I think the typical band figures, weâ€™re a Christian band, so we should pray before we rehearse. So they pray, â€œJesus, help us to have a good practice!â€ And then they practice for about four hours. Afterwards, if they are really radical, they might say, â€œThank you, Jesus, for giving us a good practice.â€
But instead, I want to challenge you to start really seeking God. Put a map of the world on the floor, and pray, â€œLord, give me a place to go.â€ Donâ€™t limit him; really seek what he might want. Then pray for the clubs or galleries or publications that you think he wants you to approach. Pray as much as you paint, or write, or film, or practice. I think this would revolutionize the Christian art scene.
On the last night of the “Jesus Camp” in Gizycko, Poland, 1996, all of the young people who had made a commitment to follow Jesus Christ lit candles and worshipped together. It was a beautiful moment.
For the past 20 years you’ve pioneered this particular type of music evangelism, and now you’re passing along this charge to a new generation of musicians/artists through the 3-month Steiger Radical Missions and Leadership Training School and through the new Evangelistic Artists Association. You’ve also got a new book written directly at Christian artists/creatives. What can you tell us about that? And to those Christian musicians and artists who might be reading this, what would you say to challenge and encourage them toward mission? How can they get involved with Steiger and take the next steps toward using their musical/artistic talents for a missional purpose?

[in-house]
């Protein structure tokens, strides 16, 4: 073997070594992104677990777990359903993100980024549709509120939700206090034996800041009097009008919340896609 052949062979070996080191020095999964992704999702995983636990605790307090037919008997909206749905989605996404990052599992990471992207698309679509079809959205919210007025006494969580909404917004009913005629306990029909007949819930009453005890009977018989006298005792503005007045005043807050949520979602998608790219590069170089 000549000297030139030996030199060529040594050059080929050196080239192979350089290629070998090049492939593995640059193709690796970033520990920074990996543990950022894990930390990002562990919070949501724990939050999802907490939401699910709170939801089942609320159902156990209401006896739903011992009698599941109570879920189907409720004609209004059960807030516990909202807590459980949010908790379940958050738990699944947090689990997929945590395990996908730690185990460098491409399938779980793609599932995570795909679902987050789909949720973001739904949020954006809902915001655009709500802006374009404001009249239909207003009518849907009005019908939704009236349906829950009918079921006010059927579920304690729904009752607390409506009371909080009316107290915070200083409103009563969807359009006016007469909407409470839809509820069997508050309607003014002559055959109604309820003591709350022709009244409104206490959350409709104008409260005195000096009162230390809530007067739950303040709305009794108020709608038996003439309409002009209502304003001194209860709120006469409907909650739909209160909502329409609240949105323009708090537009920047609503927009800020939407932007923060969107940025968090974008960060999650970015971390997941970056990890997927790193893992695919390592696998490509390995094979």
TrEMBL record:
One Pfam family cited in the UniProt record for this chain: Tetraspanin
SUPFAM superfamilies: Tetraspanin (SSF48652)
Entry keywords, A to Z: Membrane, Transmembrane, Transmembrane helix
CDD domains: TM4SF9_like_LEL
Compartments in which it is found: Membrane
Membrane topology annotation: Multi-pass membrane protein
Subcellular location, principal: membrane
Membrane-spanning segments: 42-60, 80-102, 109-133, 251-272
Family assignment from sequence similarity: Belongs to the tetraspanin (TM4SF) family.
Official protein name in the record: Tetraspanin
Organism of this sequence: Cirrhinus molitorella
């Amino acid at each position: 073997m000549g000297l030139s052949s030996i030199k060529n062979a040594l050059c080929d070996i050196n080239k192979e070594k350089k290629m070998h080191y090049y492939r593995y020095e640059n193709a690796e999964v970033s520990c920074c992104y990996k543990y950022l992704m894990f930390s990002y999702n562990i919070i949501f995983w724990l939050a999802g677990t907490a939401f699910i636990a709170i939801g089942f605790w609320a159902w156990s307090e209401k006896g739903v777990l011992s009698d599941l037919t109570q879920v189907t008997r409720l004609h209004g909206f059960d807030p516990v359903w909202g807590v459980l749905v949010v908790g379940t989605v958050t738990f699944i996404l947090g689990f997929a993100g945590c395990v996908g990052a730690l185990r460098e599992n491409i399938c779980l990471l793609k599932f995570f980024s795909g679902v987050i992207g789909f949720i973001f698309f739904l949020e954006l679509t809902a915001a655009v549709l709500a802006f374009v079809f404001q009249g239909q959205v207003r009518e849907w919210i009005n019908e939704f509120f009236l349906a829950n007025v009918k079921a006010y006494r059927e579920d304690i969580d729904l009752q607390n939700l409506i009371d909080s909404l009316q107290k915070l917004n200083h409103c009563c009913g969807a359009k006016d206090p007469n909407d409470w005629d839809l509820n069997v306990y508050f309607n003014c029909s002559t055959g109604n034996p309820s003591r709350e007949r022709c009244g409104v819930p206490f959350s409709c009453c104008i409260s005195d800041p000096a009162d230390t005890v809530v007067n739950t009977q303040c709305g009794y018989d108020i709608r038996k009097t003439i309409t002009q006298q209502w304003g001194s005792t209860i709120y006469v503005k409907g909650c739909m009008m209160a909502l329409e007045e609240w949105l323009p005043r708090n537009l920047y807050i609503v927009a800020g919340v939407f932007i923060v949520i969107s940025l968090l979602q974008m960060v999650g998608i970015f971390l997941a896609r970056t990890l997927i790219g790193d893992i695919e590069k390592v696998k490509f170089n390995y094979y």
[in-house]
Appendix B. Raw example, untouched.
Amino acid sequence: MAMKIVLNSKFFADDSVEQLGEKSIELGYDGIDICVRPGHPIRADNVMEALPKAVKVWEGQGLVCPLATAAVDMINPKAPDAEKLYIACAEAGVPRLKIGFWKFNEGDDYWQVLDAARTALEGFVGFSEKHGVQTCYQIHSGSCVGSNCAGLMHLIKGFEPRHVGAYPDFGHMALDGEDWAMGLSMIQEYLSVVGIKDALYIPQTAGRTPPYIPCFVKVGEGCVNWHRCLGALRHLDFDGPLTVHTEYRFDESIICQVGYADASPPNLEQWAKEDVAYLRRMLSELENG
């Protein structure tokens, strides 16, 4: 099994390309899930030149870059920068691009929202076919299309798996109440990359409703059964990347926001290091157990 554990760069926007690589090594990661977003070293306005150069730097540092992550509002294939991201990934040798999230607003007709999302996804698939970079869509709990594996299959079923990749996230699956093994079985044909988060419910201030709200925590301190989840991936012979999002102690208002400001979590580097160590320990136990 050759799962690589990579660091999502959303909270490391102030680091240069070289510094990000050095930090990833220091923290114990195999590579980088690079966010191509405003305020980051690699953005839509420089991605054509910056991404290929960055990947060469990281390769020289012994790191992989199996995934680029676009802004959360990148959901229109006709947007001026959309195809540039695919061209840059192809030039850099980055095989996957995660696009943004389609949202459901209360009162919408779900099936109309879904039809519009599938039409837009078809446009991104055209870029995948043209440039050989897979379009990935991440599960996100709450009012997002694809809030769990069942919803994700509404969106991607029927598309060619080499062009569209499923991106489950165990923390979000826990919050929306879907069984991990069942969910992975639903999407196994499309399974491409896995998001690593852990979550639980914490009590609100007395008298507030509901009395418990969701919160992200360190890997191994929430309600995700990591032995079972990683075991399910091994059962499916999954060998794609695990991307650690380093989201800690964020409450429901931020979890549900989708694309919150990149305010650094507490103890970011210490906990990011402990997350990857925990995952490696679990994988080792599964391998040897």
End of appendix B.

Before I talk about how you can be involved with Steiger, I want to ask this question to everyone reading this: do you want a normal life or a revolutionary life?